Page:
Knitting Basics – The Knit Stitch

Once you learn how to cast on, the next step in learning how to knit is the basic stitch: the fittingly named knit stitch.

Step one
Once you’ve finished casting on your first row, insert the needle you’ll be knitting on to under the last stitch of the row. When you insert it, make sure it’s behind the other needle within the stitch, as pictured below.

Step Two 
There are two ways of doing the second step. You can either wrap the long tail of yarn around the outside of the needle, or just tuck it into the inside side.

When I’m at the end of a row, I prefer to wrap it around, like so:

 I’ve found that wrapping it like this seems to provide a little more flexibility in the final stitch, and makes it easier to bring it through the existing stitch.

When I’m working on the stitches towards the middle of the row, though, I prefer tucking it between the needles, like so:

Since I use my left hand to manipulate the long tail of yarn, this is just faster for me. Some people find handling the yarn still attached to the ball with their right hand easier, so it really just comes down to a matter of preference.

Don’t be afraid to experiment. So long as the stitches stay on the needles, and you can knit comfortably, there’s no wrong way of holding the needles.

Step 3 
Pull the new stitch through. This is where finding the right tension to work with comes in. If you’ve cast on your first set of stitches on too tightly, it may be too hard to pull the new stitch through. If they were cast on too loosely, you risk the stitches falling off the needle.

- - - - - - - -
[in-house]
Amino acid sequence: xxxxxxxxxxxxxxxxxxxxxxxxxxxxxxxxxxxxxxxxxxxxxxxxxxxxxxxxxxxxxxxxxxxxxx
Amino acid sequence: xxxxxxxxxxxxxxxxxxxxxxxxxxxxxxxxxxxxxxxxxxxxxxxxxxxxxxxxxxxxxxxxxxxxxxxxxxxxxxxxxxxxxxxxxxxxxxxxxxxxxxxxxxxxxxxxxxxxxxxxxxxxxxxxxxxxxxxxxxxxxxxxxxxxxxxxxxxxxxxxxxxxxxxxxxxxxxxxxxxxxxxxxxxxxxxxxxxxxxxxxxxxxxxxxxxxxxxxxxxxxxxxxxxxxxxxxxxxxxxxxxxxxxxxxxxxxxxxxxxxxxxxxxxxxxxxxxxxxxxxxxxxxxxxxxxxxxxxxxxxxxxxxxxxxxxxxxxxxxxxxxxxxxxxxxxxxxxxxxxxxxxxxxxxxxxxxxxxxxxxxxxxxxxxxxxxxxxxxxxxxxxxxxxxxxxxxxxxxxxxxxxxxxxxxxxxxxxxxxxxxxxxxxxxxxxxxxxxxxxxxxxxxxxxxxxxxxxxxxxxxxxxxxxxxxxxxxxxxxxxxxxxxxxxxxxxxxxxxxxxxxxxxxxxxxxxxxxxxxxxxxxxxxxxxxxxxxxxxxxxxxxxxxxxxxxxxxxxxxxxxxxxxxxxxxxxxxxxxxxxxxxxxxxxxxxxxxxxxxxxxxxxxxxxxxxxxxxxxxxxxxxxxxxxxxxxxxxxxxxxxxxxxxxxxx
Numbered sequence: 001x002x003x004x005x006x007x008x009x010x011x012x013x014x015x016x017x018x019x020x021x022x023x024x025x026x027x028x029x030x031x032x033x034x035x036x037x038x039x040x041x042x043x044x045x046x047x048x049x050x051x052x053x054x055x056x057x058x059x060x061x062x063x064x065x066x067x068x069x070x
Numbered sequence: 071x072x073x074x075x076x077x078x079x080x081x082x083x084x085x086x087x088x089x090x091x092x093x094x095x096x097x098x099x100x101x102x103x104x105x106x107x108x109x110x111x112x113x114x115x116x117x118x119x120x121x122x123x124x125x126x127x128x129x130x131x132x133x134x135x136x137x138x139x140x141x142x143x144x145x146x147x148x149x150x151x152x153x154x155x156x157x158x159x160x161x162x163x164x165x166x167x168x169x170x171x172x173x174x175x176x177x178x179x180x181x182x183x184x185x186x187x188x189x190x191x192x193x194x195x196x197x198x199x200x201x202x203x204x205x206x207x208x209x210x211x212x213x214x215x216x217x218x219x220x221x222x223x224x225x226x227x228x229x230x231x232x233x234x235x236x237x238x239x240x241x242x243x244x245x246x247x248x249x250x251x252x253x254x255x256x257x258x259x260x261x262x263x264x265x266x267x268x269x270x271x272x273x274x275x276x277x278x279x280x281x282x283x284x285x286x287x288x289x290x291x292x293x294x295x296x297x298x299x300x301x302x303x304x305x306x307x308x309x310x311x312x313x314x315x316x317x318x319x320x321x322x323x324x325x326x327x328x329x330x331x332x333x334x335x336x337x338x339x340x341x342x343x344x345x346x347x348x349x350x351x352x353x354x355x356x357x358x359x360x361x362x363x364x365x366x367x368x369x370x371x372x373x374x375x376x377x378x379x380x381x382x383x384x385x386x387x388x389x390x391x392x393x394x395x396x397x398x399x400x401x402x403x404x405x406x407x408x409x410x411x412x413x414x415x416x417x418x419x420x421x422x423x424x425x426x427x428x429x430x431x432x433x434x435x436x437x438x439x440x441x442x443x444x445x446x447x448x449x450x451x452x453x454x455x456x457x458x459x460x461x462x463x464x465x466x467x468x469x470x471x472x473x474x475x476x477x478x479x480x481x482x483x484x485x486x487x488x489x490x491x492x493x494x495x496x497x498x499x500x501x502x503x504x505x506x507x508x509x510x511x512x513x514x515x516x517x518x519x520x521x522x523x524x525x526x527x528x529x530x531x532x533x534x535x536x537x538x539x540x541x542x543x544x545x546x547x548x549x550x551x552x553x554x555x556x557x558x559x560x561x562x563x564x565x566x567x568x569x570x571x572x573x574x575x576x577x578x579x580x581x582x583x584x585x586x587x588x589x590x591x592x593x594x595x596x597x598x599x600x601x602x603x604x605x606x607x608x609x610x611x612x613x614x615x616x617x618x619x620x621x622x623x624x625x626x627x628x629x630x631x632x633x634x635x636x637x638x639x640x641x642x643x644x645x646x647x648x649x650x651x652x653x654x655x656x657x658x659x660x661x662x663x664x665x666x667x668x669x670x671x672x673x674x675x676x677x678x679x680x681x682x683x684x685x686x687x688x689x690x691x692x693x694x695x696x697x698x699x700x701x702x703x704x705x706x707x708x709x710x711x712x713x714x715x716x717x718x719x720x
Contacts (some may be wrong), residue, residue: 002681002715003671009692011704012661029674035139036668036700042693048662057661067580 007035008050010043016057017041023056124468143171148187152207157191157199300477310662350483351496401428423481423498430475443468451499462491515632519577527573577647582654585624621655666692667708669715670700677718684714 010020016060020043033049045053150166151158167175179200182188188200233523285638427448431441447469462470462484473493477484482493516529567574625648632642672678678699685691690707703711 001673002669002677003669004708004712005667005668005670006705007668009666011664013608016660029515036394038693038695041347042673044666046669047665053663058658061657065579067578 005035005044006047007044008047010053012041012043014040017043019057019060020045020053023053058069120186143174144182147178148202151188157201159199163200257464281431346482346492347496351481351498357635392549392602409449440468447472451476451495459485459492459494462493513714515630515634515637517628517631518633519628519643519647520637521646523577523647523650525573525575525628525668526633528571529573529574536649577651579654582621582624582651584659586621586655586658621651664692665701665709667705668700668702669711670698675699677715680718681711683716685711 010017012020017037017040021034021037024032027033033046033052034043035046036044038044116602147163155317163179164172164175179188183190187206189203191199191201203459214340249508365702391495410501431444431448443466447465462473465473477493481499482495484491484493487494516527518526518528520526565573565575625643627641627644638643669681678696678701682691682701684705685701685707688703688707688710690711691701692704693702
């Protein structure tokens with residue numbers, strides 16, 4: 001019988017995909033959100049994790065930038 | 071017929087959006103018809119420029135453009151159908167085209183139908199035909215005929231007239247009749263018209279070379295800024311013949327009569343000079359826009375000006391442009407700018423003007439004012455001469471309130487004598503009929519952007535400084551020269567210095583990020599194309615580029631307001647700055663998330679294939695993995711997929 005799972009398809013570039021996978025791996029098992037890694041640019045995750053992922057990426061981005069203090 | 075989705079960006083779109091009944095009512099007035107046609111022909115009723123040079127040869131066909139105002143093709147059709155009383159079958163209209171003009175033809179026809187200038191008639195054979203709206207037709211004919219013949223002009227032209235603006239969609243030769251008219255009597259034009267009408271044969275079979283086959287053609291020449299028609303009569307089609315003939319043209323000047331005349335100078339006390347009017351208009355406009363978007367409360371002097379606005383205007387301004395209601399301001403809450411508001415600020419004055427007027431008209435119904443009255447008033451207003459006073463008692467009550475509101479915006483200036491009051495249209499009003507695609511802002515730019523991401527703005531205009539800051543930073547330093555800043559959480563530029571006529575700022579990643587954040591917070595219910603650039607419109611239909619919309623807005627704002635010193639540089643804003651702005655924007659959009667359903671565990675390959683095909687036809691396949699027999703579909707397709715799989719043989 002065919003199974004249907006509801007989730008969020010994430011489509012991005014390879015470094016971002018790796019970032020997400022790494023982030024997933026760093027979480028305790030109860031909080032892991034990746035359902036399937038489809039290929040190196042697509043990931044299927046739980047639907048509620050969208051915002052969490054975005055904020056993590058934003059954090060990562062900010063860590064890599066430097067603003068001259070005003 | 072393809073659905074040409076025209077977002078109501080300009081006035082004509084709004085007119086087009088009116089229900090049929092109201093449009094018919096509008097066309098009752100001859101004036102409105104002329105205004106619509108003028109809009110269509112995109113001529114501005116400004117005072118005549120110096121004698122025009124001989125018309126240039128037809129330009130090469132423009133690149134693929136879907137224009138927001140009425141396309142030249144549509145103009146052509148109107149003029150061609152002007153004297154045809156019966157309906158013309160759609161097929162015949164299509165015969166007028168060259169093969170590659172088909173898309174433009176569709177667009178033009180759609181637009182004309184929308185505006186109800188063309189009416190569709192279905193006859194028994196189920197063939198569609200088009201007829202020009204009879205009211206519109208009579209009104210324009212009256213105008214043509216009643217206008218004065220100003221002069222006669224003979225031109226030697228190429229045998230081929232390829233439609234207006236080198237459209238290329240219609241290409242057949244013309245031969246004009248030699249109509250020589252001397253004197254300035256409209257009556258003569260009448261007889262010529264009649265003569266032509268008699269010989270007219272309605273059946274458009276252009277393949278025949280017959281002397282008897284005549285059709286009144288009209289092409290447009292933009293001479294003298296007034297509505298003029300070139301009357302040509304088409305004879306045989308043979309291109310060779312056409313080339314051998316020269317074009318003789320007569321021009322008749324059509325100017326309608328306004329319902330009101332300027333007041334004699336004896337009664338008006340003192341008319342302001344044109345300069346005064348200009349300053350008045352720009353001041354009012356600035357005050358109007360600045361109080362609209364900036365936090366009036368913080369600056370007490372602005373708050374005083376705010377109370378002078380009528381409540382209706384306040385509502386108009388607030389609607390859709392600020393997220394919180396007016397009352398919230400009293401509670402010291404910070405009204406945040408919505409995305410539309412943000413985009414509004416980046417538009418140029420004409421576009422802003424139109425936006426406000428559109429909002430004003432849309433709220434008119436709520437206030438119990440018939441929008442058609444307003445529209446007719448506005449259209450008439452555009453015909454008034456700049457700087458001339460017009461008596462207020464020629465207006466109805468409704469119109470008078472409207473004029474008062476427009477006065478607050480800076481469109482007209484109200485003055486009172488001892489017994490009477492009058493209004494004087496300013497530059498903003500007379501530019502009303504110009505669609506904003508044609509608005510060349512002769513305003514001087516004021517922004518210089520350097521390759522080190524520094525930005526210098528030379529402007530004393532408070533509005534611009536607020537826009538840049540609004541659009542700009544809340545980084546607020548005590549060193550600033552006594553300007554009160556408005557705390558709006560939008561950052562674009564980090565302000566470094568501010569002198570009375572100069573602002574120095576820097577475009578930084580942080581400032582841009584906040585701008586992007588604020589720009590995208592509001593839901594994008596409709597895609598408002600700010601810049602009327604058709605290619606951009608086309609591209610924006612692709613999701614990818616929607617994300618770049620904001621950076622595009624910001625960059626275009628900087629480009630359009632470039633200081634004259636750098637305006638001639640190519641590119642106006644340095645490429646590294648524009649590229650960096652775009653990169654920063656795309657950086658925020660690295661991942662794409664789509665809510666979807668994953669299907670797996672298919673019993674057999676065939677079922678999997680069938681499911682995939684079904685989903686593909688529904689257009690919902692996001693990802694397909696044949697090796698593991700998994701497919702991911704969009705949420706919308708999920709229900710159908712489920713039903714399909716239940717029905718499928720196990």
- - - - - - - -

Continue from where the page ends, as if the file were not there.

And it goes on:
I personally had trouble with making my stitches too tight, when I first started. With practice, you’ll find the right tension for you.

Step 4
All that’s left is to let the old stitch drop from the needle. Congrats on your first knit stitch!

This type of stitch is used in almost all knitting patterns. It’s abbreviation is the letter K, and almost always followed by a number. That number signifies how many knit stitches are needed in that row.

I’ve noticed that there are two different ways of knitting multiple rows.

One common technique is to turn your work every time you finish a row, which means you’re only knitting in one direction. When you use just the knit stitch in this way, you’ll be left with what’s called the garter stitch. (I’ve written more about that here.)

This is a very warm type of fabric, and rather stretchy. That’s what the blanket I’m currently working on is bordered with.

I personally prefer to keep the right side of my work facing me as I knit. I get confused when I turn the project I’m working on, especially if I’m working on a pattern. This may take a little bit more ambidexterity, but I find it easier to keep my place when I do it.

When you use only the knit stitch, you’ll be left with something called the stockinette stitch.

This stitch is flatter, and as you can sort of tell in the picture, more likely to curl up than the garter stitch. This one is commonly used in things like sweaters and socks. It does stretch, but it’s not quite as stretchy as the garter stitch.

To get the smooth edges with this technique, I slide the last stitch of each row onto the other needle without knitting into it. I’ve found that if you knit that one, you’ll be left with a lumpy edge.

This is what it looks like when you skip the last stitch and knit it on the next row.

With a little practice, this basic stitch will eventually become second nature. Fortunately, you can make anything from simple scarves to pot holders.

For more how to knit articles, feel free to check out my master page on knitting basics.

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